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Author Topic: When to the particles disappear?  (Read 1298 times)

Offline Fozzie

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When to the particles disappear?
« on: 19/07/2010 15:56:35 »
Light exhibits properties of both waves and particles, so if we shift the wavelength, down through infra-red to radio and beyond, at what point does the particle properties of the radiation cease to exist?


 

Offline Soul Surfer

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When to the particles disappear?
« Reply #1 on: 19/07/2010 23:29:36 »
In theory there is no lower limit, but at low frequencies individual quanta have such low energies that they cannot be detected individually and they are usually generated in large quantities by large scale "classical" interactions associated with currents flowing or broadband thermal noise produced by non resonant particle interactions.  The lowest frequency spectrum line that is used is the 21cm (microwave) hyperfine interaction in a molecule of hydrogen  This is at the top end of the radio spectrum.    Nuclear magnetic resonance is also a quantum process that can involve precise frequencies right down into the Megahertz range but the quanta are only detected in large numbers.
 

Offline syhprum

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When to the particles disappear?
« Reply #2 on: 20/07/2010 08:43:24 »
I take it the energy of individual photons can be calculated hence their apparent mass, does the Planck mass limit come into play ?.
 

Offline Soul Surfer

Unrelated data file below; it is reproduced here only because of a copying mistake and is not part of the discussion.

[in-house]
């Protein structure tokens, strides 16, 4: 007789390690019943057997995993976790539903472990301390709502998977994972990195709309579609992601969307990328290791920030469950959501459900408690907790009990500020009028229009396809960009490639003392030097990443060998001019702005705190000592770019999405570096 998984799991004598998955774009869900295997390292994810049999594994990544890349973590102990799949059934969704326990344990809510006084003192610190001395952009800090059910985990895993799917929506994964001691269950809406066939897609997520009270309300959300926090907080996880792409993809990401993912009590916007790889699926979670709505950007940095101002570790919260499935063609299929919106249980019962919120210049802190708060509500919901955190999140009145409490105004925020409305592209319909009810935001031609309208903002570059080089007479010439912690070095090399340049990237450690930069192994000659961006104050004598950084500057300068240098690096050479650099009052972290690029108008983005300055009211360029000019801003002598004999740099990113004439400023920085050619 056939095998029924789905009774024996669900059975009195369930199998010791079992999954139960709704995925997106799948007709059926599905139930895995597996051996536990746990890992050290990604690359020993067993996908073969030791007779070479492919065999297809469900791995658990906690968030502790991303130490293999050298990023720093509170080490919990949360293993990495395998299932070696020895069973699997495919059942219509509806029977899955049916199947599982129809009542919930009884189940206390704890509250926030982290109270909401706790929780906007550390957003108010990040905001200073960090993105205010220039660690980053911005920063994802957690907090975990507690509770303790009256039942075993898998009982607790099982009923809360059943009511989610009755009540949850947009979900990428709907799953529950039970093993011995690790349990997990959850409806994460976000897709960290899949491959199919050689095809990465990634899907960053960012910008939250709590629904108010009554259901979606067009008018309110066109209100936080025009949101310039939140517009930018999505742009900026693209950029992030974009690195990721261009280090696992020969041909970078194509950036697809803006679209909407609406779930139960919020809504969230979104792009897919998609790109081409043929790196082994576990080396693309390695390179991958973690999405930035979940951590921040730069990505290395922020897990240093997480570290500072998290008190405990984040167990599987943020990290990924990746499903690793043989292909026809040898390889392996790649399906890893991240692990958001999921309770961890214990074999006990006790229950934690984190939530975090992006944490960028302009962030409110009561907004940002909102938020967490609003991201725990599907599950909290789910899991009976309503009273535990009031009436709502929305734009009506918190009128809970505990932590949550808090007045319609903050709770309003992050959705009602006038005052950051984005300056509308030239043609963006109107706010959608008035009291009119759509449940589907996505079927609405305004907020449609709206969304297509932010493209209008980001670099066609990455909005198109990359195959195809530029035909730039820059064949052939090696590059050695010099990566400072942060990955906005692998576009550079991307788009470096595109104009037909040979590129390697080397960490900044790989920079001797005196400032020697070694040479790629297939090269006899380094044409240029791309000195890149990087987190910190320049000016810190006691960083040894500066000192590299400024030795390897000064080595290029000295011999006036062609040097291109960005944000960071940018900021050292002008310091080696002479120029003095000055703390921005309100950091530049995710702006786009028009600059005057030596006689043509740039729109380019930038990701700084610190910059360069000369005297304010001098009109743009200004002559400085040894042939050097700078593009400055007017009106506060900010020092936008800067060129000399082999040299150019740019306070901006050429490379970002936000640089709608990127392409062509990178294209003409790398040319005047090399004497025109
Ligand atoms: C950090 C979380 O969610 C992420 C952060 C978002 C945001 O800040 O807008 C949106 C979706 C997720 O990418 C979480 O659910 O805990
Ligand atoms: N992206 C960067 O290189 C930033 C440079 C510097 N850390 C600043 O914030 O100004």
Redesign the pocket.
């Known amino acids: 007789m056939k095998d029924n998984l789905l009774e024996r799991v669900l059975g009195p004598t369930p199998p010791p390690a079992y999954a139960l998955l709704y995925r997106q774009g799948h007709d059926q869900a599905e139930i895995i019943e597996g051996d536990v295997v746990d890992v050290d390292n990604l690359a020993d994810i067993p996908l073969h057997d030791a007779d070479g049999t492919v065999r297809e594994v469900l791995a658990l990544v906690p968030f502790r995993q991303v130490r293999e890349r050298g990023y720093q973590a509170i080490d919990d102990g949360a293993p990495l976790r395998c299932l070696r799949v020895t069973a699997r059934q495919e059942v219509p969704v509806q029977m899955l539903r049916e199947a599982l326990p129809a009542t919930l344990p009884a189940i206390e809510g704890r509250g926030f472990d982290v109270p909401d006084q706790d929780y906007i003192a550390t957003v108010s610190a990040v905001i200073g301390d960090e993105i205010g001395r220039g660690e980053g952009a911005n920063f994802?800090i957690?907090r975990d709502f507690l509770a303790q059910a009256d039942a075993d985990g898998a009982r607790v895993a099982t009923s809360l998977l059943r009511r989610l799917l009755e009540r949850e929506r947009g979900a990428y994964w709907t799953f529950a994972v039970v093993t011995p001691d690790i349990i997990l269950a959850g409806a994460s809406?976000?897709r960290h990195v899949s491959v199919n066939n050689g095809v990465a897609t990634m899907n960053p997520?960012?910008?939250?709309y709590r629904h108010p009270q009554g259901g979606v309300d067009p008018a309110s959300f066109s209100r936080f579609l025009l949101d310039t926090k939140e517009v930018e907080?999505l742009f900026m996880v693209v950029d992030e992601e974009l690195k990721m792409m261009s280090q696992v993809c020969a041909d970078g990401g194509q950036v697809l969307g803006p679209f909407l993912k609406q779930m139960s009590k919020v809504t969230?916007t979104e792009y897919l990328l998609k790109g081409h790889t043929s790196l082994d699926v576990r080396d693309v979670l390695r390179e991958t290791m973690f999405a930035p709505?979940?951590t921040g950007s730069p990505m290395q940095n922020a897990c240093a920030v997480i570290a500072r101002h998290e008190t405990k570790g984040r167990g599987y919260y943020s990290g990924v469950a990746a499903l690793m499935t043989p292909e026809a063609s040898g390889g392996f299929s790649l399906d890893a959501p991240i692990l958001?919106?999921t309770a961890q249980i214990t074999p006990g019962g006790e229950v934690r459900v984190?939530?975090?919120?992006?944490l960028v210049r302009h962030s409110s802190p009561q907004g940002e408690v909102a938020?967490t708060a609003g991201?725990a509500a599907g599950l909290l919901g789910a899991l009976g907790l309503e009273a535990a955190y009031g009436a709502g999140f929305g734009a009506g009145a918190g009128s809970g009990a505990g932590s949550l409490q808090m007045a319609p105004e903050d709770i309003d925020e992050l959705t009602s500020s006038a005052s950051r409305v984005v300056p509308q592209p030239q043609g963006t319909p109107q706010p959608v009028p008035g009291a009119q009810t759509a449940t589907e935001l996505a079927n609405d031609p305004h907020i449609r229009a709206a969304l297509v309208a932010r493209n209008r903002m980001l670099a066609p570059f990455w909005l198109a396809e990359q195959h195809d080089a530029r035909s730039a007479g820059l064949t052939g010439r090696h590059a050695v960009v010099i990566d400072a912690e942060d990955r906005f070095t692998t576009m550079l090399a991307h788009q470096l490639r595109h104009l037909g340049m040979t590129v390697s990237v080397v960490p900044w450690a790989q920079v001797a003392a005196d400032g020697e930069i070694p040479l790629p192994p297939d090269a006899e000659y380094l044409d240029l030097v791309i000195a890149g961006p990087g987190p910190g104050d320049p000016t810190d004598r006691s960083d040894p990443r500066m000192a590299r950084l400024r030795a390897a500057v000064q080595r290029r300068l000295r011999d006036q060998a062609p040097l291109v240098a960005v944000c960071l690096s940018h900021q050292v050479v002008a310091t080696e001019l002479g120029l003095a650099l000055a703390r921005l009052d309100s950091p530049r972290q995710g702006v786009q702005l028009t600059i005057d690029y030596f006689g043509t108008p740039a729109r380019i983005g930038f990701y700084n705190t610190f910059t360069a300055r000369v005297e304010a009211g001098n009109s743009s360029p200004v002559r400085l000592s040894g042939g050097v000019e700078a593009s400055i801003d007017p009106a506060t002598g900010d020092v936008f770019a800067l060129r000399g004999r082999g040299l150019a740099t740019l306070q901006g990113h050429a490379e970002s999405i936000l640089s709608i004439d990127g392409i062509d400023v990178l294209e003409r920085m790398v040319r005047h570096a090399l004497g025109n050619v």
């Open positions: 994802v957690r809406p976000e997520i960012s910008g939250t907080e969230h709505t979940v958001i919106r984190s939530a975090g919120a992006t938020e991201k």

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When to the particles disappear?
« Reply #3 on: 21/07/2010 09:53:03 »
I am not sure what you mean by this syhprum the Planck mass is quite a large mass ( around 20 micrograms much greater than any currently known massive particles and in theory measurable using a balance!) and photons only have momentum and no mass and there is no reason why this should not be arbitrarily small subject only to the "size" of the universe.
 

Offline Soul Surfer

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When to the particles disappear?
« Reply #4 on: 21/07/2010 10:07:33 »
It is interesting to note that the opposite effect occurs, particles also behave a waves depending on their momentum in a particular frame of reference and as particles slow down they become more fuzzy and indistinct, in effect bigger.

Electrons are the lightest of the easily detectable particles and it is their inherent fuzzyness that in effect creates the size of atoms.

If you slow down (cool) neutral particles with no residual spin like some atoms it is possible to get the wavelengths of the particles so long that individual atoms become totally indistinct and link together to form a Bose Einstein condensation.  this can behave like a sincgle composite "particle" in a quantum mechanical sense.
 

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When to the particles disappear?
« Reply #4 on: 21/07/2010 10:07:33 »

 

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